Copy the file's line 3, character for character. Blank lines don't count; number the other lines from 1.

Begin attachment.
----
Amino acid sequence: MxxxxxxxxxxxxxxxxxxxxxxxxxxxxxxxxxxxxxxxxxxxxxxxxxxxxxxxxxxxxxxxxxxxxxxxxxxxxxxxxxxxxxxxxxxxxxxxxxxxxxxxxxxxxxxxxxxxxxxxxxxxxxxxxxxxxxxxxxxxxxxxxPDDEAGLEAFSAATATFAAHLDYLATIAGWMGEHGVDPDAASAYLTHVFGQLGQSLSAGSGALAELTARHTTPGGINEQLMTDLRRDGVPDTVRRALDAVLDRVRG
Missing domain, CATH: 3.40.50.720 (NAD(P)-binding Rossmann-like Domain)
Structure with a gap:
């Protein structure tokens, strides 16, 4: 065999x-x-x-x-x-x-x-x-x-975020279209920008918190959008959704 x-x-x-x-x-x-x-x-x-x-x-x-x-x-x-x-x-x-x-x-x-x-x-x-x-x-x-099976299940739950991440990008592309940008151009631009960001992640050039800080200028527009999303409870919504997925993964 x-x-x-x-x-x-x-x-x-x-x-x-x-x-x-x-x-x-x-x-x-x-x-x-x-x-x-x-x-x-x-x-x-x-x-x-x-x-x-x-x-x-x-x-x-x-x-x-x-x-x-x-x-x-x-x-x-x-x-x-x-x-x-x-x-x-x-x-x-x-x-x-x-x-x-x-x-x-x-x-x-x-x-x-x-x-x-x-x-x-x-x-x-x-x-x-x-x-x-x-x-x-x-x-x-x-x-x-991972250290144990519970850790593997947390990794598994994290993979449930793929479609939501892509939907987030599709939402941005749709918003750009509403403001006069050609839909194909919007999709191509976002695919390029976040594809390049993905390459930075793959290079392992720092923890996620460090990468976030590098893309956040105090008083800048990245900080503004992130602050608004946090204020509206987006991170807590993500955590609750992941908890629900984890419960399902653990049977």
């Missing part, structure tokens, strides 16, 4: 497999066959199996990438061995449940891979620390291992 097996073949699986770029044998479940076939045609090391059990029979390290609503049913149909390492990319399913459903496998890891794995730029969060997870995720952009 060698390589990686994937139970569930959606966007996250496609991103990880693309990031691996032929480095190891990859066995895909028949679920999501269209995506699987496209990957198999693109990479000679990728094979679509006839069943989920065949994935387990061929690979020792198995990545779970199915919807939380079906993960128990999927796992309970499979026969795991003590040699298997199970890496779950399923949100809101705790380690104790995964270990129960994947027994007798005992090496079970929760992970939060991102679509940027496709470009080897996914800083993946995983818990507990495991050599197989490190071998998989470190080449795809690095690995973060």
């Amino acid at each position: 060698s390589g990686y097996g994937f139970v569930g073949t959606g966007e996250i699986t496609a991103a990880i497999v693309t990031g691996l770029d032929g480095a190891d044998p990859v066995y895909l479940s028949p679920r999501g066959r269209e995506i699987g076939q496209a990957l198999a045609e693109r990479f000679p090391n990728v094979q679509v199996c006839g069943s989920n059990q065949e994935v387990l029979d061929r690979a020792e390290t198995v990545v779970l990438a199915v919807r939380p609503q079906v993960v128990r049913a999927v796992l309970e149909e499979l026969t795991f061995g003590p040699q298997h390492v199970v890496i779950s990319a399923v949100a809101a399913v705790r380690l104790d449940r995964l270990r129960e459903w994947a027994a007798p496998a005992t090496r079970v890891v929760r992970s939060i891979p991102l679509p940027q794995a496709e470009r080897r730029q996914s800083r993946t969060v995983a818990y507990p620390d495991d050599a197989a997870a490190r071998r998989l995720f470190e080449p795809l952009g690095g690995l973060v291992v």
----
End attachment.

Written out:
Structure with a gap: